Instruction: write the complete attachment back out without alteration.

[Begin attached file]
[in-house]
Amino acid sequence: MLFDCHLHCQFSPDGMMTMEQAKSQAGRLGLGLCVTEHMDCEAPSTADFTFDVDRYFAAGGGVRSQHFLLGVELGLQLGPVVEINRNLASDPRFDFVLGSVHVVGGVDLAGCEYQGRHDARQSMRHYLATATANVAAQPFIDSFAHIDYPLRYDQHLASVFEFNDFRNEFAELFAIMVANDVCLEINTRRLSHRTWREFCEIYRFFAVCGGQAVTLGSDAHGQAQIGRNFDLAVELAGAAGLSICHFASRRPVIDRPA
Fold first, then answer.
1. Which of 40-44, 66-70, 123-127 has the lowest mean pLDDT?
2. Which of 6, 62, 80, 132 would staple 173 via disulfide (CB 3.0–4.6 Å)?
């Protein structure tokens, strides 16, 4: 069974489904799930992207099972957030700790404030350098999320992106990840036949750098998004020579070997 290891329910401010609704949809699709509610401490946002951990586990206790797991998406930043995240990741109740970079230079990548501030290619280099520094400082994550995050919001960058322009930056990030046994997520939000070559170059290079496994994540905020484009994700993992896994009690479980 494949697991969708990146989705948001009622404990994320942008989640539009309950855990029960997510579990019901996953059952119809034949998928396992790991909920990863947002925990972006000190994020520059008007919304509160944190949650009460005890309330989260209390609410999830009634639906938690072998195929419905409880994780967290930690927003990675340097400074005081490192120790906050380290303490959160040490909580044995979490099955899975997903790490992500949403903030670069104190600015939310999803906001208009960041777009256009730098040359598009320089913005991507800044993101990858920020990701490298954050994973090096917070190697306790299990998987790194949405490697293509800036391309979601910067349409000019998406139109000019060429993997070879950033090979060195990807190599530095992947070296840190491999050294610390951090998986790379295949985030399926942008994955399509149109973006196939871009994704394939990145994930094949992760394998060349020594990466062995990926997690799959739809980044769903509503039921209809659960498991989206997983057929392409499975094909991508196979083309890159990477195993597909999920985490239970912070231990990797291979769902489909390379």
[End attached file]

[in-house]
Amino acid sequence: MLFDCHLHCQFSPDGMMTMEQAKSQAGRLGLGLCVTEHMDCEAPSTADFTFDVDRYFAAGGGVRSQHFLLGVELGLQLGPVVEINRNLASDPRFDFVLGSVHVVGGVDLAGCEYQGRHDARQSMRHYLATATANVAAQPFIDSFAHIDYPLRYDQHLASVFEFNDFRNEFAELFAIMVANDVCLEINTRRLSHRTWREFCEIYRFFAVCGGQAVTLGSDAHGQAQIGRNFDLAVELAGAAGLSICHFASRRPVIDRPA
Fold first, then answer.
1. Which of 40-44, 66-70, 123-127 has the lowest mean pLDDT?
2. Which of 6, 62, 80, 132 would staple 173 via disulfide (CB 3.0–4.6 Å)?
């Protein structure tokens, strides 16, 4: 069974489904799930992207099972957030700790404030350098999320992106990840036949750098998004020579070997 290891329910401010609704949809699709509610401490946002951990586990206790797991998406930043995240990741109740970079230079990548501030290619280099520094400082994550995050919001960058322009930056990030046994997520939000070559170059290079496994994540905020484009994700993992896994009690479980 494949697991969708990146989705948001009622404990994320942008989640539009309950855990029960997510579990019901996953059952119809034949998928396992790991909920990863947002925990972006000190994020520059008007919304509160944190949650009460005890309330989260209390609410999830009634639906938690072998195929419905409880994780967290930690927003990675340097400074005081490192120790906050380290303490959160040490909580044995979490099955899975997903790490992500949403903030670069104190600015939310999803906001208009960041777009256009730098040359598009320089913005991507800044993101990858920020990701490298954050994973090096917070190697306790299990998987790194949405490697293509800036391309979601910067349409000019998406139109000019060429993997070879950033090979060195990807190599530095992947070296840190491999050294610390951090998986790379295949985030399926942008994955399509149109973006196939871009994704394939990145994930094949992760394998060349020594990466062995990926997690799959739809980044769903509503039921209809659960498991989206997983057929392409499975094909991508196979083309890159990477195993597909999920985490239970912070231990990797291979769902489909390379």